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This Is Rand Paul's Moment

The Kentucky Republican struck out on his own in his response to the State of the Union. Here's why.

photo of Matt  Berman
January 29, 2014

Sen. Rand Paul Delivers Response to President's State of the Union

The United States is having a libertarian moment. And Rand Paul is getting ready to capture it by himself.

The Kentucky Republican delivered his own response to President Obama's State of the Union on Tuesday night via YouTube. But the rebuttal wasn't so much about what Obama said Tuesday as much as it was an opening salvo for a possible 2016 presidential campaign, the bulk of it coming as a directed argument against big government.


"Government doesn't create jobs very well," Paul said. "Government is inherently bad at picking winners and losers ... if government is to send money to certain people to create businesses, they will more often than not pick the wrong people, and no jobs will be created." He pointed specifically to the old big government bogeyman, Solyndra.

"It's not that government's inherently stupid, although it's a debatable point," Paul said. "It's that government doesn't get the same signals."

Paul's Tuesday speech wasn't sponsored by the GOP (that honor went to Cathy McMorris Rogers) or the tea party (that was Sen. Mike Lee's job). The personalized setup provided for a much more visually appealing delivery, complete with controlled lighting and a lectern. A year after giving the official tea-party response, Paul has struck out on his own.

The move makes sense. A Tuesday NBC News/Wall Street Journal poll found that twice as many Americans feel negatively about the Republican Party than feel positively. As a politician, why tie yourself to that standard when you can use your own, already-mobilized base to go it alone, at least before primary season really kicks up?

And there's plenty reason to think Paul is perfectly placed to capture a slice of the current American agita. Consider this: What's the greatest, most existential threat to the United States—big business, big labor, or big government? In December, a record 72 percent said big government in a Gallup Poll, blowing past business (21 percent) and labor (5 percent). The majorities hold despite politics, but 92 percent of self-identified Republicans cite big government as the biggest threat to the future of America.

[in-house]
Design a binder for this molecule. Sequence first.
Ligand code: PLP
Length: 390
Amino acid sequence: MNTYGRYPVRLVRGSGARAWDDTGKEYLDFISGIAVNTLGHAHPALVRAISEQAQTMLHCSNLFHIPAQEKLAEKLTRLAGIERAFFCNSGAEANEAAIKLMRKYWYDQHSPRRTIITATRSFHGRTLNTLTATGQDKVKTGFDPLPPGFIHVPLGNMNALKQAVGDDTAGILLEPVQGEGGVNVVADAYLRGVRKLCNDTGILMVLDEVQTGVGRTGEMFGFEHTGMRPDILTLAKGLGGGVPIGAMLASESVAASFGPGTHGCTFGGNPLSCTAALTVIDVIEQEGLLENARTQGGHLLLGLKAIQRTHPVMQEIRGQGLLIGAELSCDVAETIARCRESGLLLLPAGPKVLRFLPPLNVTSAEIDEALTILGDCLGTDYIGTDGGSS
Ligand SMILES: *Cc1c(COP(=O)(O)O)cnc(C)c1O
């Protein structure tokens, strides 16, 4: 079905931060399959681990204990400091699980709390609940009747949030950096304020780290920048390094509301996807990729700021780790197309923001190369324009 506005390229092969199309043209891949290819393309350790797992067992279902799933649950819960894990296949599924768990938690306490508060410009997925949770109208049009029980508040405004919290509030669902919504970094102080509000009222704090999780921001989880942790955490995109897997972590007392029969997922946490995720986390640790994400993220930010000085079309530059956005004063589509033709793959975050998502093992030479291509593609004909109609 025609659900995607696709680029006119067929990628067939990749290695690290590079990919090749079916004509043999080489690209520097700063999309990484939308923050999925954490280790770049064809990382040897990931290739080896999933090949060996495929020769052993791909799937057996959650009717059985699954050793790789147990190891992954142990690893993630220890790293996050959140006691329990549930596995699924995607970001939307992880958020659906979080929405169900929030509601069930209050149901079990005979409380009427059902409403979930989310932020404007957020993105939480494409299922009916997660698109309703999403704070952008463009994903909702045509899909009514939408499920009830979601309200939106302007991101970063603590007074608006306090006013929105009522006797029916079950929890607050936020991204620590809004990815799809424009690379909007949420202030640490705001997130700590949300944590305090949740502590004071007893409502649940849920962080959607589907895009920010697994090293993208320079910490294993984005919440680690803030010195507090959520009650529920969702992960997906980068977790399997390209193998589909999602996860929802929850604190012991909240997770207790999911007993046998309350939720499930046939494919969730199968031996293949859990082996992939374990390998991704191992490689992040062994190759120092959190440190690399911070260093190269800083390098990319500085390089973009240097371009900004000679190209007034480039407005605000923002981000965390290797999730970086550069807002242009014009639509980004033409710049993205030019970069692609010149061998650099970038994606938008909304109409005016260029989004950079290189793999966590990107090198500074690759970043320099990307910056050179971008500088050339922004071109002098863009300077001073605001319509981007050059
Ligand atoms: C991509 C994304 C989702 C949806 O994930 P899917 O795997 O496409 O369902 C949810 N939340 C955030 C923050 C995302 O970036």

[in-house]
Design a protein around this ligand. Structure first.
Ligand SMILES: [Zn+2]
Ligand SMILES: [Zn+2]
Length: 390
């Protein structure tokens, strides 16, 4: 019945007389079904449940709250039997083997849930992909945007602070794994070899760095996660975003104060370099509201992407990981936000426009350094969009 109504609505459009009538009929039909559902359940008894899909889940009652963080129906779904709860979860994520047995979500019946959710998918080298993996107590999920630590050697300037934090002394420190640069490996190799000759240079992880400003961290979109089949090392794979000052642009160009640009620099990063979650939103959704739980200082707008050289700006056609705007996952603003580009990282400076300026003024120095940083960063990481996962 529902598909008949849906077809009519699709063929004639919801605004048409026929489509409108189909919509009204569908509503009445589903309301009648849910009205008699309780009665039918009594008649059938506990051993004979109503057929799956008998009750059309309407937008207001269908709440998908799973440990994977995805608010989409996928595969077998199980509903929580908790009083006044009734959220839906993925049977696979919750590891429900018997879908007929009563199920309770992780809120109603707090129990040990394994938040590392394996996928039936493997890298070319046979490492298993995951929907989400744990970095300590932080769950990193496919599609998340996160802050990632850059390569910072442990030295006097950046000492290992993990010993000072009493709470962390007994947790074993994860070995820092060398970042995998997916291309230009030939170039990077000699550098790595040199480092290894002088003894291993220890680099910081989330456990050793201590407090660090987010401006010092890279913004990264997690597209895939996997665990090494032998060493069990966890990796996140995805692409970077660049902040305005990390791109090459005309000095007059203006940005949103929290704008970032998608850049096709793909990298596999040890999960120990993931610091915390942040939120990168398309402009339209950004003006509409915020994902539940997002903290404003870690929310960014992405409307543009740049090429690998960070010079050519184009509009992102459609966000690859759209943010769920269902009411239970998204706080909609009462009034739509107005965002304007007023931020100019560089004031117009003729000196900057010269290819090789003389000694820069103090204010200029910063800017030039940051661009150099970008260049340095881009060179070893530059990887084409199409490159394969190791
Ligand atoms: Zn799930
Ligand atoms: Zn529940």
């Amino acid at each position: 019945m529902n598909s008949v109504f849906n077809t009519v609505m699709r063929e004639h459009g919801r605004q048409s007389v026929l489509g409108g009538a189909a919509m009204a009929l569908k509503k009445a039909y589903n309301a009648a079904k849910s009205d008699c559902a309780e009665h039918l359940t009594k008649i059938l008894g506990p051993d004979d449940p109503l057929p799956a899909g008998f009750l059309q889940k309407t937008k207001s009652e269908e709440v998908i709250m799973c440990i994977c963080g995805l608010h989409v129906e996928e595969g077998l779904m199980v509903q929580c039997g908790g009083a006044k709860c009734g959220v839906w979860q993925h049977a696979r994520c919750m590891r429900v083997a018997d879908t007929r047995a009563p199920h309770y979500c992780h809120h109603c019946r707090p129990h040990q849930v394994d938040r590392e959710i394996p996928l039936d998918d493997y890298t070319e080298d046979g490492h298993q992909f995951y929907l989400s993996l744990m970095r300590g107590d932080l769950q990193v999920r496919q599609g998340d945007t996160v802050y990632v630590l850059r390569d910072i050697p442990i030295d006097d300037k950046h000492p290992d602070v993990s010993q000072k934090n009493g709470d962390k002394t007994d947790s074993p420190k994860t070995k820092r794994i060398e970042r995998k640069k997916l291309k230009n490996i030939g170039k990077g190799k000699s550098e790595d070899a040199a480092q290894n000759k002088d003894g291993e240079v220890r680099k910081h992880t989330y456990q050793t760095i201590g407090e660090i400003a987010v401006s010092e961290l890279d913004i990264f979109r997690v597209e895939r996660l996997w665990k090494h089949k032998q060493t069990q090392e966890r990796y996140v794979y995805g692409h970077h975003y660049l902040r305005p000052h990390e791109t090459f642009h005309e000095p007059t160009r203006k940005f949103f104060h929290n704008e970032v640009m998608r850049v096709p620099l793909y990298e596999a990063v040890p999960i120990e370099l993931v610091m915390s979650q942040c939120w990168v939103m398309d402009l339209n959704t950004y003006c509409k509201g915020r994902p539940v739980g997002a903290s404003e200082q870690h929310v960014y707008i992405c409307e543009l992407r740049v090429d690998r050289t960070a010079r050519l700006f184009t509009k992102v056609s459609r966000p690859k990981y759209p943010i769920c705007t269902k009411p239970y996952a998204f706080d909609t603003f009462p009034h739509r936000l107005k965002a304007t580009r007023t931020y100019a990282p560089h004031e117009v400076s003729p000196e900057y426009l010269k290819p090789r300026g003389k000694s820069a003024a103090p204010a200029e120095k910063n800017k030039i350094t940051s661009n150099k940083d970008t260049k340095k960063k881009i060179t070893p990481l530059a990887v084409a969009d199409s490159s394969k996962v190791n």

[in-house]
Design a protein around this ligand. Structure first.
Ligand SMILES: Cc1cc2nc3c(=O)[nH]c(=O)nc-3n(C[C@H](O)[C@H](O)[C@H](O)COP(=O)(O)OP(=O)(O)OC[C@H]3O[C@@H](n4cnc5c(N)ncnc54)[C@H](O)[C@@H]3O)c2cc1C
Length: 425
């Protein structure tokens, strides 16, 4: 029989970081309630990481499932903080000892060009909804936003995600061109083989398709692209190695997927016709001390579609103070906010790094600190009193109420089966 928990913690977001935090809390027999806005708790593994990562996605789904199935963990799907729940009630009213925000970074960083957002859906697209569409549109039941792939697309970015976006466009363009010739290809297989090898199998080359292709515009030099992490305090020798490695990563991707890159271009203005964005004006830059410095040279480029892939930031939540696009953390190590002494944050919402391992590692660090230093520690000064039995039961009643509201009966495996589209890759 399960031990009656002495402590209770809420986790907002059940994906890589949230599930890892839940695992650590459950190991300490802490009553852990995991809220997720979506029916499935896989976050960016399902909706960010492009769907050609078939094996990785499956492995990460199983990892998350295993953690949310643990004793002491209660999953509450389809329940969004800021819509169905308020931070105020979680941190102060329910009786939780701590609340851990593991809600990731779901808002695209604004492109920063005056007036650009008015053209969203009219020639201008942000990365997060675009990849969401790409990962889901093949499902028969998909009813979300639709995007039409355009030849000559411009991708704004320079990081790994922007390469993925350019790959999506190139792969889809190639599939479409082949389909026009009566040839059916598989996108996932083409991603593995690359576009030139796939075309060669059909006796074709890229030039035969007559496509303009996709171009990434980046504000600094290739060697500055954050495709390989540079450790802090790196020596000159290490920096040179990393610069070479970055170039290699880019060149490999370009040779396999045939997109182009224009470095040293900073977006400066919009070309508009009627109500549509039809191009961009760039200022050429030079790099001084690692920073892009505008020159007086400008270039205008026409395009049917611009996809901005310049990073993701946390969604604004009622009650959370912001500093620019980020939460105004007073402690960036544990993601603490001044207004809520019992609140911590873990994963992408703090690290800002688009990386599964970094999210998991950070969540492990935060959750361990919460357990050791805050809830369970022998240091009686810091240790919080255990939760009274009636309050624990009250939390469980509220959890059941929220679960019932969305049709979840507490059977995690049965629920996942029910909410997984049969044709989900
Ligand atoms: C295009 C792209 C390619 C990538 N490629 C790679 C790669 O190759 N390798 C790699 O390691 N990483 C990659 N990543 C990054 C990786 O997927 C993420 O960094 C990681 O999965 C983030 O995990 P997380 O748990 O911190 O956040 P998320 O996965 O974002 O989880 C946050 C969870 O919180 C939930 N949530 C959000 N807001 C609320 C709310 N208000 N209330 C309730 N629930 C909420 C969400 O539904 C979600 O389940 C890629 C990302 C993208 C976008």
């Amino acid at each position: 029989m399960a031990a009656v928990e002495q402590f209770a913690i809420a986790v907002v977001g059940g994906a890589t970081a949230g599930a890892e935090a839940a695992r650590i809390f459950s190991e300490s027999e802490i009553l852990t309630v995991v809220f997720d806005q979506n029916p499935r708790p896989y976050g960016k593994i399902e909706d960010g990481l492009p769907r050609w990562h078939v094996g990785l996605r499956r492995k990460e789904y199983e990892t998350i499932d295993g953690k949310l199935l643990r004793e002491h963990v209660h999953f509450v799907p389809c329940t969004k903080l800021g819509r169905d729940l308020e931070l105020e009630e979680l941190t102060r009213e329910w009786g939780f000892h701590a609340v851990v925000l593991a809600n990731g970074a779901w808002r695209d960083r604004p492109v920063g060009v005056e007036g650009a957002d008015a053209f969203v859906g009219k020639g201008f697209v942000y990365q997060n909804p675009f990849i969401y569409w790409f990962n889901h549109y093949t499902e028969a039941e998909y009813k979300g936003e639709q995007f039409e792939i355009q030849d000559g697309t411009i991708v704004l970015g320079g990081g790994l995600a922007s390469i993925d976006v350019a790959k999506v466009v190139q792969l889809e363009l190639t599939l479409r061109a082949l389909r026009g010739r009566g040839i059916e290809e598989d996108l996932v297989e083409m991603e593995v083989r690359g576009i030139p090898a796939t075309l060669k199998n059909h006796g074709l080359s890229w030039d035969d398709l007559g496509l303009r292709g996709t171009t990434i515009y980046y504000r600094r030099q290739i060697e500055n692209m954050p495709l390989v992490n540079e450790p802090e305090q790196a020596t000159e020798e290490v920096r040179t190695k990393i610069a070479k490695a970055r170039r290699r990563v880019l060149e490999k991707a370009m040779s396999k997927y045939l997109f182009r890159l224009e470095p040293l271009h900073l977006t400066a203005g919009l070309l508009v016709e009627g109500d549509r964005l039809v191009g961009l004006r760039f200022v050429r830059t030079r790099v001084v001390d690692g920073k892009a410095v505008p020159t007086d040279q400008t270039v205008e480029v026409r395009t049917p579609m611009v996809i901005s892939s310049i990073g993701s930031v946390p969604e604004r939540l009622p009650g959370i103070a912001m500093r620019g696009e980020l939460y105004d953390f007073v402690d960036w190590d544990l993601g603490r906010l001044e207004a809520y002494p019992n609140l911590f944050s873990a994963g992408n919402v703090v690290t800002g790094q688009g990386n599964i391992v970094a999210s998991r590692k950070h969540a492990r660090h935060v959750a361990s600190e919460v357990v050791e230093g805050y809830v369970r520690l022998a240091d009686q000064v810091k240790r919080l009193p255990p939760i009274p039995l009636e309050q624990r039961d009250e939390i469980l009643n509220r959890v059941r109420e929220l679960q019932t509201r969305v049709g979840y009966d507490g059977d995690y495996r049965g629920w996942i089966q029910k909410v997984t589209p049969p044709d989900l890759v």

Think of Rand Paul as the anti-Bill de Blasio. In his Tuesday speech, Paul slammed the "politics of envy" and suggested that if you "punish" the successful, their companies will flee overseas. He pushed a somewhat anti-welfare message, highlighting the story of the antigay, fringey Star Parker, who says she once used her welfare money on drugs before turning her life around. While New Yorkers are highly optimistic about de Blasio just a few weeks into his liberal mayoralty, Paul's taking the bet that what flies in New York won't fly in the country overall. Again, there's a political logic here: While 67 percent of Democrats say government should do "a lot" to reduce poverty, only 27 percent of Republicans agree.

By all accounts, Paul is gunning for the top spot. In his Tuesday night response, Paul made policy proposals of his own, including those for economic freedom aones that would be set up around the U.S. and have, among other things, a flat 5 percent income and business tax. "I believe in an America where people are free to make their own decisions," he said.

And earlier in the day, he took digs at the possible competition. At Tuesday's State of the Net conference in D.C., Paul bashed former Secretary of State Hillary Clinton as a "big proponent of the surveillance state," and suggested that a libertarian-leaning Republican candidate in 2016 could "completely transform where people think they are and what party people think they have allegiance for."

It's an early 2016 campaign shot, and it's not off base, either. Government was mentioned as the most important problem in the U.S. across all party IDs in a recent Gallup Poll, cited by 18 percent of Democrats. A whopping 65 percent of Americans say they're dissatisfied with the U.S. system of government and its effectiveness. However, many of the people who are upset over current government effectiveness are also surely no fans of the filibustering Paul.

Paul's speech was broadcast online instead of aired on national television, and it's not the sort of thing that's going to change the senator's fate on its own. But this independently run, radically small-government message is just another stake Paul is laying on a seemingly inevitable path toward a presidential campaign. Combine this with his impressive on-the-ground infrastructure and organization, and he's quickly becoming a major force for 2016.

Obama's State of the Union Address in 90 Seconds

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